I couldn't find any info specifically referring to MIDlets. But, I found this, which says:
Timestamping ensures that code will not expire when certificate expires. If your code is timestamped the digital signature is valid even though the certificate has expired. A new certificate is only necessary if you want to sign additional code. If you did not use the timestamping option during the signing, you must re-sign your code and re-send it out to your customers.
So, it sounds like the wiki article is misleading, and your experience is normal unless you specifically sign with the "timestamp" option. The next question is obviously: how to sign with a timestamp?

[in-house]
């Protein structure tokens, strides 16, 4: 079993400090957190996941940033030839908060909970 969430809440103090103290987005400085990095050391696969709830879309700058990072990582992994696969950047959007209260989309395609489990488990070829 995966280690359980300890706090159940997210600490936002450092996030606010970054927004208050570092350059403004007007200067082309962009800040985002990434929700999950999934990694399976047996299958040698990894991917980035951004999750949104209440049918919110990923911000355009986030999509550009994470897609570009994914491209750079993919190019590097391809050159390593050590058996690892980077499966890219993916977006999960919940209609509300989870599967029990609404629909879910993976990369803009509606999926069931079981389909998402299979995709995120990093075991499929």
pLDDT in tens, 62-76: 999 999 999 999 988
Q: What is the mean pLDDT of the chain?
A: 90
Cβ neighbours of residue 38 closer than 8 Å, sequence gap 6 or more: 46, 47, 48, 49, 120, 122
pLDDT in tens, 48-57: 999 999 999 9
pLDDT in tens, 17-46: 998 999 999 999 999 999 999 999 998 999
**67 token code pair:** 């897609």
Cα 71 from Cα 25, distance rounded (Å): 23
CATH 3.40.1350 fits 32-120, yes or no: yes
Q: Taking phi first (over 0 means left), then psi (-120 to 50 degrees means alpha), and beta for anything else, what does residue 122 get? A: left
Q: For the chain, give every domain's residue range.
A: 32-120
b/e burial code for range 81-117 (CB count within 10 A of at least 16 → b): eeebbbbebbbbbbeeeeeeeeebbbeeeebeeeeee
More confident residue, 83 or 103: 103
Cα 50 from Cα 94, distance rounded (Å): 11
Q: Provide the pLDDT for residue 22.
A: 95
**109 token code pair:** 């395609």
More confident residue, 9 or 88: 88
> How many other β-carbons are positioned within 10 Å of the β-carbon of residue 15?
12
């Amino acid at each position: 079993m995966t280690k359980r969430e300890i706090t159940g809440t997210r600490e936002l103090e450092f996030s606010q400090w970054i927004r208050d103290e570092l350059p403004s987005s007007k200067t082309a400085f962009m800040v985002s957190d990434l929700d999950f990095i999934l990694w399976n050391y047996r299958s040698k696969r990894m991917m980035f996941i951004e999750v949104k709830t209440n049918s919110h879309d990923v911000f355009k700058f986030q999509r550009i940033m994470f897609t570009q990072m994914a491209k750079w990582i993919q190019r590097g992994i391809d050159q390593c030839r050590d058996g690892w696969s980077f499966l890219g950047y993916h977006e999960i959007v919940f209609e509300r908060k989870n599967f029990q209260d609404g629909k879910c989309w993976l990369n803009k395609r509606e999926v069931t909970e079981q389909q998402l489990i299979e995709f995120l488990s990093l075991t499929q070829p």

Every Code Signing Certificate is purchased with a specific validity period. The digital certificate can be used to sign code as frequently as needed during that validity period. When the digital certificate expires, all digital signatures that depend on that digital certificate expire also unless the signature includes a time stamp. A timestamp option shows when code was signed, allowing customers to verify that the code signing certificate was valid at the time of the digital signature.
J2SE's jarsigner tool appears to have an option for providing the URL of a Time Stamp Authority, like:
But I don't see a similar option in jadtool.
Maybe you can't do this, and signed apps always expire...?